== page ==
Wednesday, March 23, 2011

Hal Blaine interview

Great article and interview with Hal Blaine at Jazz Wax, absolutely worth reading. If you haven't heard of him, Marc Myers'  introduction should pique your interest:
Except for the Beatles, the Rolling Stones and a few other groups, most rock bands of the early and mid-1960s didn't play on their own records. Which groups? Try the Beach Boys, the Mamas and the Papas, the Byrds, Jay and the Americans, Gary Lewis and the Playboys and dozens of others.
Who did? Hal Blaine and a tight-knit ad hoc group of about 30 highly skilled Hollywood studio musicians known as the Wrecking Crew. They could read anything put down in front of them and could nail the song the first time through, bringing enormous snap to the results. For years I've been fascinated by this little-known secret hit-making machine.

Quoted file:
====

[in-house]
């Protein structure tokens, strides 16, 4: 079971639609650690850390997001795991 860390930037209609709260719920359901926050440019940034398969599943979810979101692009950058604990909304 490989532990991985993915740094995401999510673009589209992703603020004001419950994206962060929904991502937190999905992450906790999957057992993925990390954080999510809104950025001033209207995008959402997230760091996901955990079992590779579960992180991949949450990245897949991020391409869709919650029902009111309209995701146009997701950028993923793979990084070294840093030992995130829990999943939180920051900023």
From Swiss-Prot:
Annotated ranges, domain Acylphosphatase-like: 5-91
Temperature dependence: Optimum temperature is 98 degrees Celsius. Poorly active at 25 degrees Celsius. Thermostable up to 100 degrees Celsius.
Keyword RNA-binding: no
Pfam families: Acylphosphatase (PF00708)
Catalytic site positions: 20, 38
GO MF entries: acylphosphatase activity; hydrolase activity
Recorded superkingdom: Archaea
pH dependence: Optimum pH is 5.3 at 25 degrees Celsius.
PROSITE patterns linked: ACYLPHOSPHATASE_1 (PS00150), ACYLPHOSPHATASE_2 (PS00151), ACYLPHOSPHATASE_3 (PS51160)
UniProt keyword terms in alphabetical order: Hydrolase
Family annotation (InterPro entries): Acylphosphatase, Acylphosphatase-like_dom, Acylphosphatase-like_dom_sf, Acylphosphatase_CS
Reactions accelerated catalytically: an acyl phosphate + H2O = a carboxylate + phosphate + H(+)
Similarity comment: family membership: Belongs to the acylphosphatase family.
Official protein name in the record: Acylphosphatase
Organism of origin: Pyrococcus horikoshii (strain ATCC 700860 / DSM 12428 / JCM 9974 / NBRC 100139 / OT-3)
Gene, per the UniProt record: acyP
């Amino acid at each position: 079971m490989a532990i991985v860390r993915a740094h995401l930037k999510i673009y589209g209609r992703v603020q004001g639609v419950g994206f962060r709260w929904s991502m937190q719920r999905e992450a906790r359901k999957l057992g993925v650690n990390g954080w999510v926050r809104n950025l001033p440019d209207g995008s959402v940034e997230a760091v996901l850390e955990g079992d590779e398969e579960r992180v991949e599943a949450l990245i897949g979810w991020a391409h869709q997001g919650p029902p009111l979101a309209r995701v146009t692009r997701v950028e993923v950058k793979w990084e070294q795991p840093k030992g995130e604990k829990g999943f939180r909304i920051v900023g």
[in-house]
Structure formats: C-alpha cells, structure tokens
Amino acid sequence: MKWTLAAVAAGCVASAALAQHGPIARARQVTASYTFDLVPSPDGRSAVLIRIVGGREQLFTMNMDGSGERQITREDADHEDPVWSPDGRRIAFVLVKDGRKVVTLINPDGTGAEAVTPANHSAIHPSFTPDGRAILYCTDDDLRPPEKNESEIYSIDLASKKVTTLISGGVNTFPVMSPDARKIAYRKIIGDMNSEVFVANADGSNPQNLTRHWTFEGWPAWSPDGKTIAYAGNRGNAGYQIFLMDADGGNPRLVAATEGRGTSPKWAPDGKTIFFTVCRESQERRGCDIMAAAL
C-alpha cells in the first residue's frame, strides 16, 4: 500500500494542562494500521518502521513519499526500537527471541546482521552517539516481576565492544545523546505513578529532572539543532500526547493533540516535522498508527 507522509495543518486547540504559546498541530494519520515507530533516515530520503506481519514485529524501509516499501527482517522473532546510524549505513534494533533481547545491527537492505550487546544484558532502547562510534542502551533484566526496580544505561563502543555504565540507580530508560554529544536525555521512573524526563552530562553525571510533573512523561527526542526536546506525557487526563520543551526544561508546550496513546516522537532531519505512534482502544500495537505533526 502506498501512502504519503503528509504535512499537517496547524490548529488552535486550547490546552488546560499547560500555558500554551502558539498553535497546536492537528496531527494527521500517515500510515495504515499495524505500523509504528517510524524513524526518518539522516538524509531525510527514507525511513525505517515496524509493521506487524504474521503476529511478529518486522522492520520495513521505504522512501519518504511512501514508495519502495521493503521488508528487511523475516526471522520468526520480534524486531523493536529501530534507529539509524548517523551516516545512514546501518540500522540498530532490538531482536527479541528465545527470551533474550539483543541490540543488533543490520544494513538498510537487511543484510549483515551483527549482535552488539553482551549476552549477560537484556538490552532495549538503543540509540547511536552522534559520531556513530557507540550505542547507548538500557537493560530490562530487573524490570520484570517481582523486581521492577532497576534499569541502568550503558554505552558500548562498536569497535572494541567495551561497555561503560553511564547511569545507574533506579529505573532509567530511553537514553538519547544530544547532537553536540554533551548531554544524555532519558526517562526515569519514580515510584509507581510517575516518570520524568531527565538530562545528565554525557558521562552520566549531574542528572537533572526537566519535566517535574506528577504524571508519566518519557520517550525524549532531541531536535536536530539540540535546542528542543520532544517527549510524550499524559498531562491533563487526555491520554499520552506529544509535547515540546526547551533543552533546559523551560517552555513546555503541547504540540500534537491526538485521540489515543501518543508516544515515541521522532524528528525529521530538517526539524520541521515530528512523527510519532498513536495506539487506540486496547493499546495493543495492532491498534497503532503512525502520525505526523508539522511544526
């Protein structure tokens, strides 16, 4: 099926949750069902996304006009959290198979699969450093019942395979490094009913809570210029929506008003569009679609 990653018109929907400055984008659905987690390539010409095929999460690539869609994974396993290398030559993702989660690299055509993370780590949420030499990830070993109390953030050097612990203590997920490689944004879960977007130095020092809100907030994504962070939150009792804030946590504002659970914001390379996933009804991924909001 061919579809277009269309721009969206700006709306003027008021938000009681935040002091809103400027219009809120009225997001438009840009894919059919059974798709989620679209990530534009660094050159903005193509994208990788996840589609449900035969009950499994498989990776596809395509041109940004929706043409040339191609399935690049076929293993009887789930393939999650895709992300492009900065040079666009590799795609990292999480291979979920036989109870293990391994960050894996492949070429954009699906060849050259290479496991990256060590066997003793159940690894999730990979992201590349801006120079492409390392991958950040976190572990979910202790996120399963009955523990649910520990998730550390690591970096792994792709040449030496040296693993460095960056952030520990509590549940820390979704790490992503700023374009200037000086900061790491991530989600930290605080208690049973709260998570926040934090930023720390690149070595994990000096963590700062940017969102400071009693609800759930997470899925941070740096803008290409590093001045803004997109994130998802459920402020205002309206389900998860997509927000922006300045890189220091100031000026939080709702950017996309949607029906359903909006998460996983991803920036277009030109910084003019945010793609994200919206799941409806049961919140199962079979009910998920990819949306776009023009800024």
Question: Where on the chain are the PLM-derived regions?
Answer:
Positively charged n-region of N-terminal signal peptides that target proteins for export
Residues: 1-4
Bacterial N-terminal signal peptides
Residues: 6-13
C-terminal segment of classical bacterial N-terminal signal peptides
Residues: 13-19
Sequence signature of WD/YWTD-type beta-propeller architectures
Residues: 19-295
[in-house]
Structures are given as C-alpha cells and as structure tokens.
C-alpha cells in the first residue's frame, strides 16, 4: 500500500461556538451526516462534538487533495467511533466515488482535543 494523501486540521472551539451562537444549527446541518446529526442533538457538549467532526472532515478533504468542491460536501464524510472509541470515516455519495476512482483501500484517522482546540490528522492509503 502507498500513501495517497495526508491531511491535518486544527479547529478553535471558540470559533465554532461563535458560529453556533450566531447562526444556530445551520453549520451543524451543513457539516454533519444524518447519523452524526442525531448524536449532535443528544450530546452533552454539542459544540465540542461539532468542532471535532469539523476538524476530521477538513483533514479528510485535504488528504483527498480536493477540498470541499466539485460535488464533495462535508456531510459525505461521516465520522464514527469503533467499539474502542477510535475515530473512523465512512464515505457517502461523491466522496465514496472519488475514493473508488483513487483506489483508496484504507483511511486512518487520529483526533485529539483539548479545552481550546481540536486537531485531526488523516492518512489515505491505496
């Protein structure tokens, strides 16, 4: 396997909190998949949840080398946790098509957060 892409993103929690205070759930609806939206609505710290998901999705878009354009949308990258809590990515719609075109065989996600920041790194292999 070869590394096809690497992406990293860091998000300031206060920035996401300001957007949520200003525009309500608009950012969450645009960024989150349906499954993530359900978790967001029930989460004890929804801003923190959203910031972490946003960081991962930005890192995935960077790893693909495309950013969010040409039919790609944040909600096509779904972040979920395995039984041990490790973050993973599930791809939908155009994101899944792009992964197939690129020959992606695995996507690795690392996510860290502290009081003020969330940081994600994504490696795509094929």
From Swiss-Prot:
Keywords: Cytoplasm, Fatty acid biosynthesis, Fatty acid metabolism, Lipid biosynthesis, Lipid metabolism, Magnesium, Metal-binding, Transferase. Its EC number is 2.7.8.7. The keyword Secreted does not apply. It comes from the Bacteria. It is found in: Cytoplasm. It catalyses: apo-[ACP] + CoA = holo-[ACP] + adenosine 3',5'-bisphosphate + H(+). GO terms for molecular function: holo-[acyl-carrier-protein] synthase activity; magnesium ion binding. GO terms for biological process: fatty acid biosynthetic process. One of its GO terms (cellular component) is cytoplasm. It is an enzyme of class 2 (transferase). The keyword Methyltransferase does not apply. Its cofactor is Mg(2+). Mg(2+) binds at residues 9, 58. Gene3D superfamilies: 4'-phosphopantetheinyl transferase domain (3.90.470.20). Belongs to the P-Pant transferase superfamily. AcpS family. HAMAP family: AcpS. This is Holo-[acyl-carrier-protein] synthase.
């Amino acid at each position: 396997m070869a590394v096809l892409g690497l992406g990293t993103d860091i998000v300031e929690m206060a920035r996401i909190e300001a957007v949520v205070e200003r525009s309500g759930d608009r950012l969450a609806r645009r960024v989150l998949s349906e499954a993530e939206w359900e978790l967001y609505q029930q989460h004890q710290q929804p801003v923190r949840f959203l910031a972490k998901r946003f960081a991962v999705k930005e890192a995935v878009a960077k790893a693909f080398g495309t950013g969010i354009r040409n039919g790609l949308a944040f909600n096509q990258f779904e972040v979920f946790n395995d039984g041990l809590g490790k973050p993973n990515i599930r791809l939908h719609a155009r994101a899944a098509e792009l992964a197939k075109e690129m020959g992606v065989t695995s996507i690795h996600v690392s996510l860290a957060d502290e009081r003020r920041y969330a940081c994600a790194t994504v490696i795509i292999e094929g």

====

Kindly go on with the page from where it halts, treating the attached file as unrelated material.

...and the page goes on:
How big a deal is Hal? He recorded on 39 No. 1 hits on Billboard's 
Hot 100. Which hits? Here are just a handful: Can't Help Falling in Love, He's a Rebel, Surf City, I Get Around, Everybody Loves Somebody, Help Me, Rhonda, Mr Tambourine Man, I Got You Babe, My Love, These Boots Are Made for Walkin', Monday Monday, Strangers in the Night, Cracklin' Rosie and The Way We Were.
Hal also was the drummer on six hits to win the Grammy for Record of the Year for six years in a row. A staggering stat. Which six? A Taste of Honey, Strangers in the Night, Up, Up and Away, Mrs. Robinson, Aquarius/Let the Sunshine In and Bridge Over Troubled Water. Hal also was inducted into the Rock and Roll Hall of Fame in 2000.
Like Detroit's Funk Brothers who backed up virtually all of the Motown groups, the Wrecking Crew did the same in Los Angeles. The difference, of course, is that everyone knew the Funk Brothers, and the artists they played behind were singers. The Wrecking Crew, by contrast, was a phantom band of killer musicians, and their vast contribution wasn't disclosed on albums until recently on CD re-issues.

Visit Jazz Wax to read the entire piece, including video and more.

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